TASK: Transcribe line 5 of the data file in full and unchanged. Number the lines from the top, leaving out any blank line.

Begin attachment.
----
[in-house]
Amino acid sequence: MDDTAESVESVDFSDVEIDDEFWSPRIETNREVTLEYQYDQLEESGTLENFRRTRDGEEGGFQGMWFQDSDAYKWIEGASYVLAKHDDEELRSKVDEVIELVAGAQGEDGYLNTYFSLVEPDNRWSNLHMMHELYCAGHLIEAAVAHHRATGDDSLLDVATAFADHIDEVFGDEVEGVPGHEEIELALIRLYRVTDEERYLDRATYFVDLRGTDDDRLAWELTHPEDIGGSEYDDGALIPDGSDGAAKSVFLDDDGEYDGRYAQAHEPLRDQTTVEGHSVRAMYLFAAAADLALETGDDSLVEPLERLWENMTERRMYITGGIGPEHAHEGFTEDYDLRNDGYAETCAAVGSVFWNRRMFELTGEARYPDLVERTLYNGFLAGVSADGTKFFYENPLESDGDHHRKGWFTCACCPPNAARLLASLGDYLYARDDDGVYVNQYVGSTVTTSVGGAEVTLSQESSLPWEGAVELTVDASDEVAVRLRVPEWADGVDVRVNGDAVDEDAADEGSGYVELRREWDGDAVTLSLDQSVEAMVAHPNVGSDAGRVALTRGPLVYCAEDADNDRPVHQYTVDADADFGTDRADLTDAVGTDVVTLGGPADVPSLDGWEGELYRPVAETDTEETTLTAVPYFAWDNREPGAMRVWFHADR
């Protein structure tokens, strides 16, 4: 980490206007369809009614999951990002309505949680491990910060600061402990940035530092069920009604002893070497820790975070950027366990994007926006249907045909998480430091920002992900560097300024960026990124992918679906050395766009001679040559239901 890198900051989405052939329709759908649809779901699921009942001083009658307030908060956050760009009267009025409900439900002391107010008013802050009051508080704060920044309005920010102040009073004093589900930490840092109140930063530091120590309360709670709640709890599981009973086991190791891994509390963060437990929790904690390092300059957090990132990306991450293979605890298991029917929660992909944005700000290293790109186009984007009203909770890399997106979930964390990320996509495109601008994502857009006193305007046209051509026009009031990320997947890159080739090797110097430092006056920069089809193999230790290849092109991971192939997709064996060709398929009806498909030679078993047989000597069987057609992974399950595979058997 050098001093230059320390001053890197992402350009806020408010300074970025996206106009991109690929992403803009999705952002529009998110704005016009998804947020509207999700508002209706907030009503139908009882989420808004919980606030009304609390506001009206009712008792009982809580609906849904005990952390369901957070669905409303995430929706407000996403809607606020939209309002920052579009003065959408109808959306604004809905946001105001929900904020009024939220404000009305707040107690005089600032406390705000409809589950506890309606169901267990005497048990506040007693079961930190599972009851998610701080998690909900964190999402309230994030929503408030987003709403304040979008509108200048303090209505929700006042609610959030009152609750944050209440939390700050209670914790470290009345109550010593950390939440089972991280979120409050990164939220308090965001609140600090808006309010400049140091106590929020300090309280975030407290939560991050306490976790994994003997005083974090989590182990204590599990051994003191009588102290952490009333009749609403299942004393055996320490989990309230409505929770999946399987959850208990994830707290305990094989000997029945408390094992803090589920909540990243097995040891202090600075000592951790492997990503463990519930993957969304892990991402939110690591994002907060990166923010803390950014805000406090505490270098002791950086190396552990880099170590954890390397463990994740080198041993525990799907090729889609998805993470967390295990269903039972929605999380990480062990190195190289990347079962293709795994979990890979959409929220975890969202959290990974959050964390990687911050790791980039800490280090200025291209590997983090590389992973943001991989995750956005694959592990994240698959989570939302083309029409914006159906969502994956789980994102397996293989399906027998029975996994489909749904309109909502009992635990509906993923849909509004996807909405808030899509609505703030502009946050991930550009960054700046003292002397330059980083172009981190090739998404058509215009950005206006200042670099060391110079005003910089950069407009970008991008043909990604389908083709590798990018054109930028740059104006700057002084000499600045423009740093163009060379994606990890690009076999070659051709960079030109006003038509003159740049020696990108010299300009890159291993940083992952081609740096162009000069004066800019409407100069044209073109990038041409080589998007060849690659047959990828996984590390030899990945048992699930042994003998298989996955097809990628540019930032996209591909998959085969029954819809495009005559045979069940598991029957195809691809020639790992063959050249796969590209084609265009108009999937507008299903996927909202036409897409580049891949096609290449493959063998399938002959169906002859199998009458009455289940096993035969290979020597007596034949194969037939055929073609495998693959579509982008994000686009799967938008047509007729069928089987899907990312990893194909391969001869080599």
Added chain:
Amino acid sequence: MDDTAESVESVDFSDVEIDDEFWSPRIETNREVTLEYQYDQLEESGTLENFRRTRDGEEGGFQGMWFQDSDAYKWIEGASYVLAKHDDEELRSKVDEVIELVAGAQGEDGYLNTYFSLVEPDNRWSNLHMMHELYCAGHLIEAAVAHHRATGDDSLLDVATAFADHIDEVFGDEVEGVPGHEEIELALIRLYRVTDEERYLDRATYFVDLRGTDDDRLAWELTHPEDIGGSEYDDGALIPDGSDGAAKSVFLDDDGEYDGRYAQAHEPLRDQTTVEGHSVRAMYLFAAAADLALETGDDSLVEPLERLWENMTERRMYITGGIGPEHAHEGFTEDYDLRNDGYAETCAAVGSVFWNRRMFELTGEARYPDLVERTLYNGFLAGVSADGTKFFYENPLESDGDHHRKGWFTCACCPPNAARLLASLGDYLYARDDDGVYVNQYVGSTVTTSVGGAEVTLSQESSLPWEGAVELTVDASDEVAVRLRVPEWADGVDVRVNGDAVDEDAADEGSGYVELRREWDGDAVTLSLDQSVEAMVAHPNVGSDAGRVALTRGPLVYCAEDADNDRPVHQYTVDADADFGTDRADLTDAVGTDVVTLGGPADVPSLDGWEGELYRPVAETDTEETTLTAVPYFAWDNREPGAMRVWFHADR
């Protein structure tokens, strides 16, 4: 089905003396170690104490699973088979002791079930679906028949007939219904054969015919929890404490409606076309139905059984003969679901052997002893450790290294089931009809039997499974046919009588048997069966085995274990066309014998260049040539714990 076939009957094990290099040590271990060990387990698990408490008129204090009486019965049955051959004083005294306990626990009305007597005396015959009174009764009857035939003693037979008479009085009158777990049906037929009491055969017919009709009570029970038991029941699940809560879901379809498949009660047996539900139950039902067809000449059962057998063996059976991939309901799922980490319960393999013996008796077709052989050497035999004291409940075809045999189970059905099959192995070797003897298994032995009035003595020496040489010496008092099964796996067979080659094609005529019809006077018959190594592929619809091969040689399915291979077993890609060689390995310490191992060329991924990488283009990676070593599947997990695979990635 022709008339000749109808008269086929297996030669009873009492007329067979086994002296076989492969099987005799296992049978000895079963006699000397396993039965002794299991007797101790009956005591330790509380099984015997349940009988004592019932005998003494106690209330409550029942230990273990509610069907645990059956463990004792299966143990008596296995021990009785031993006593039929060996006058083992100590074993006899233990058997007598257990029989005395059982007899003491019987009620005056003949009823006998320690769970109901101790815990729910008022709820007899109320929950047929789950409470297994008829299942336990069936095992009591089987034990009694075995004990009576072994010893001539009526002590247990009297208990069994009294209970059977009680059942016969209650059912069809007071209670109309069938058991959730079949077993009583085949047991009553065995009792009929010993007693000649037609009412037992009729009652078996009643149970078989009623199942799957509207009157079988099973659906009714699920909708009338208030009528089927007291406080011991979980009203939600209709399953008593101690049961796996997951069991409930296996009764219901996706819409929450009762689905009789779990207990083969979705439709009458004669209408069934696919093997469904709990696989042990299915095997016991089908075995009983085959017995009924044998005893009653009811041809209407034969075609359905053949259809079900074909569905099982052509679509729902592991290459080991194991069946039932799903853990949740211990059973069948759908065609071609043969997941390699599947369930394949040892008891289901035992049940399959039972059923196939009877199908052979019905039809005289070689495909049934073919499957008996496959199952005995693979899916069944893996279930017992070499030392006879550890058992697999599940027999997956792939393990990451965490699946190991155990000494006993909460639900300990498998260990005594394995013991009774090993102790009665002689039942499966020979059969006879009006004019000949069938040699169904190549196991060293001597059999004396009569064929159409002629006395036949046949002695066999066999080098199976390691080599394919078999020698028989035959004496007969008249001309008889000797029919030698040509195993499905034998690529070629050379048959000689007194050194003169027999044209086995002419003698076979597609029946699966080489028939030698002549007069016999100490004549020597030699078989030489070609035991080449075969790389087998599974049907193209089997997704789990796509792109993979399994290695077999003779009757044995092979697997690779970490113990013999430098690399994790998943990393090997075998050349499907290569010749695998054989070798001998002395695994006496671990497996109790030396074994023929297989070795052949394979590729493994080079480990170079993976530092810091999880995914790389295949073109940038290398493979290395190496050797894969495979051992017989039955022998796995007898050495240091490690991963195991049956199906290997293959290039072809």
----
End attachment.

Amino acid sequence: MDDTAESVESVDFSDVEIDDEFWSPRIETNREVTLEYQYDQLEESGTLENFRRTRDGEEGGFQGMWFQDSDAYKWIEGASYVLAKHDDEELRSKVDEVIELVAGAQGEDGYLNTYFSLVEPDNRWSNLHMMHELYCAGHLIEAAVAHHRATGDDSLLDVATAFADHIDEVFGDEVEGVPGHEEIELALIRLYRVTDEERYLDRATYFVDLRGTDDDRLAWELTHPEDIGGSEYDDGALIPDGSDGAAKSVFLDDDGEYDGRYAQAHEPLRDQTTVEGHSVRAMYLFAAAADLALETGDDSLVEPLERLWENMTERRMYITGGIGPEHAHEGFTEDYDLRNDGYAETCAAVGSVFWNRRMFELTGEARYPDLVERTLYNGFLAGVSADGTKFFYENPLESDGDHHRKGWFTCACCPPNAARLLASLGDYLYARDDDGVYVNQYVGSTVTTSVGGAEVTLSQESSLPWEGAVELTVDASDEVAVRLRVPEWADGVDVRVNGDAVDEDAADEGSGYVELRREWDGDAVTLSLDQSVEAMVAHPNVGSDAGRVALTRGPLVYCAEDADNDRPVHQYTVDADADFGTDRADLTDAVGTDVVTLGGPADVPSLDGWEGELYRPVAETDTEETTLTAVPYFAWDNREPGAMRVWFHADR